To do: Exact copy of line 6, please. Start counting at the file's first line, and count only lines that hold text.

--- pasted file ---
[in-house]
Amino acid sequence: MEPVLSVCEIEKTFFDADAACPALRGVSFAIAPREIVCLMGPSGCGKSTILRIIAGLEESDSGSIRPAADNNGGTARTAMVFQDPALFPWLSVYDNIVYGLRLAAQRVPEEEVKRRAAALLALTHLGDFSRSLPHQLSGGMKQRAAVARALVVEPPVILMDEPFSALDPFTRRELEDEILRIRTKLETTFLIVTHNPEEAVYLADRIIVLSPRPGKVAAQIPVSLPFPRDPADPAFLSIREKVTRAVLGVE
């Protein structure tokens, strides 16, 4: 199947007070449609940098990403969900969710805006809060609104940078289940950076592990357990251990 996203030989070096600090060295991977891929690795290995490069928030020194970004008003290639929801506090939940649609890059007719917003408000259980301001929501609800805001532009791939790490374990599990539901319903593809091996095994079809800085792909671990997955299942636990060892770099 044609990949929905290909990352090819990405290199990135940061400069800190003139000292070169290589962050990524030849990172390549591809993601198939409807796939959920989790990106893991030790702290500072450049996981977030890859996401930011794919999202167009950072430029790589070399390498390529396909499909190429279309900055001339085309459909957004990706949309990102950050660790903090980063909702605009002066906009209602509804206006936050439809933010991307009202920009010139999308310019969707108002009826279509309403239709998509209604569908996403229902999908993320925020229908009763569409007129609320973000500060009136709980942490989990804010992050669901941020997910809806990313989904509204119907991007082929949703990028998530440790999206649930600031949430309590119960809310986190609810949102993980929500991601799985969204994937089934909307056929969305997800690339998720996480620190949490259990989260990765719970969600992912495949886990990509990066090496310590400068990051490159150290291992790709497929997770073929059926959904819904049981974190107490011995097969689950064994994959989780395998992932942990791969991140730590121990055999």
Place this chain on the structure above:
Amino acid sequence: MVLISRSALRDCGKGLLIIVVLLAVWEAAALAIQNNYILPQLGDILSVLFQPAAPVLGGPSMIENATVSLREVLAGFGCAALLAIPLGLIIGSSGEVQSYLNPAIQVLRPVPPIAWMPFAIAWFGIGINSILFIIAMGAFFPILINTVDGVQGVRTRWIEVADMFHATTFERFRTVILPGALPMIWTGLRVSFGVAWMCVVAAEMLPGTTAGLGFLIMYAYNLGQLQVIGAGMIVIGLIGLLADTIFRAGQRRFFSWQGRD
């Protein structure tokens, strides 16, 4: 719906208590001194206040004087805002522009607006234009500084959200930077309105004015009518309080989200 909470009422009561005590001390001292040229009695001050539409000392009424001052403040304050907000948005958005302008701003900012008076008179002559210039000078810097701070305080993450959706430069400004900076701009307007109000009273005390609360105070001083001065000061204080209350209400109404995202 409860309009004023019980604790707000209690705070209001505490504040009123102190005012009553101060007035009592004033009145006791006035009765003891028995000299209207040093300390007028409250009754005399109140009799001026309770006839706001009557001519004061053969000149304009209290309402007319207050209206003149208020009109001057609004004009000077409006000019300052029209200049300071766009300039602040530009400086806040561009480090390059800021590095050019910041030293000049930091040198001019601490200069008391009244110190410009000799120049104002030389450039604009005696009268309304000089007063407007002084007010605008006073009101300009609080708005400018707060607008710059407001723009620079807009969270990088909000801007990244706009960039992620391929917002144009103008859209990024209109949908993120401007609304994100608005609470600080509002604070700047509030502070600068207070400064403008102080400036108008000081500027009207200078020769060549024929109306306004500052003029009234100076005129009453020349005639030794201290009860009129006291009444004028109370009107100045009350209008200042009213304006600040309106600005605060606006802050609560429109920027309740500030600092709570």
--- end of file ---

């Protein structure tokens, strides 16, 4: 719906208590001194206040004087805002522009607006234009500084959200930077309105004015009518309080989200 909470009422009561005590001390001292040229009695001050539409000392009424001052403040304050907000948005958005302008701003900012008076008179002559210039000078810097701070305080993450959706430069400004900076701009307007109000009273005390609360105070001083001065000061204080209350209400109404995202 409860309009004023019980604790707000209690705070209001505490504040009123102190005012009553101060007035009592004033009145006791006035009765003891028995000299209207040093300390007028409250009754005399109140009799001026309770006839706001009557001519004061053969000149304009209290309402007319207050209206003149208020009109001057609004004009000077409006000019300052029209200049300071766009300039602040530009400086806040561009480090390059800021590095050019910041030293000049930091040198001019601490200069008391009244110190410009000799120049104002030389450039604009005696009268309304000089007063407007002084007010605008006073009101300009609080708005400018707060607008710059407001723009620079807009969270990088909000801007990244706009960039992620391929917002144009103008859209990024209109949908993120401007609304994100608005609470600080509002604070700047509030502070600068207070400064403008102080400036108008000081500027009207200078020769060549024929109306306004500052003029009234100076005129009453020349005639030794201290009860009129006291009444004028109370009107100045009350209008200042009213304006600040309106600005605060606006802050609560429109920027309740500030600092709570």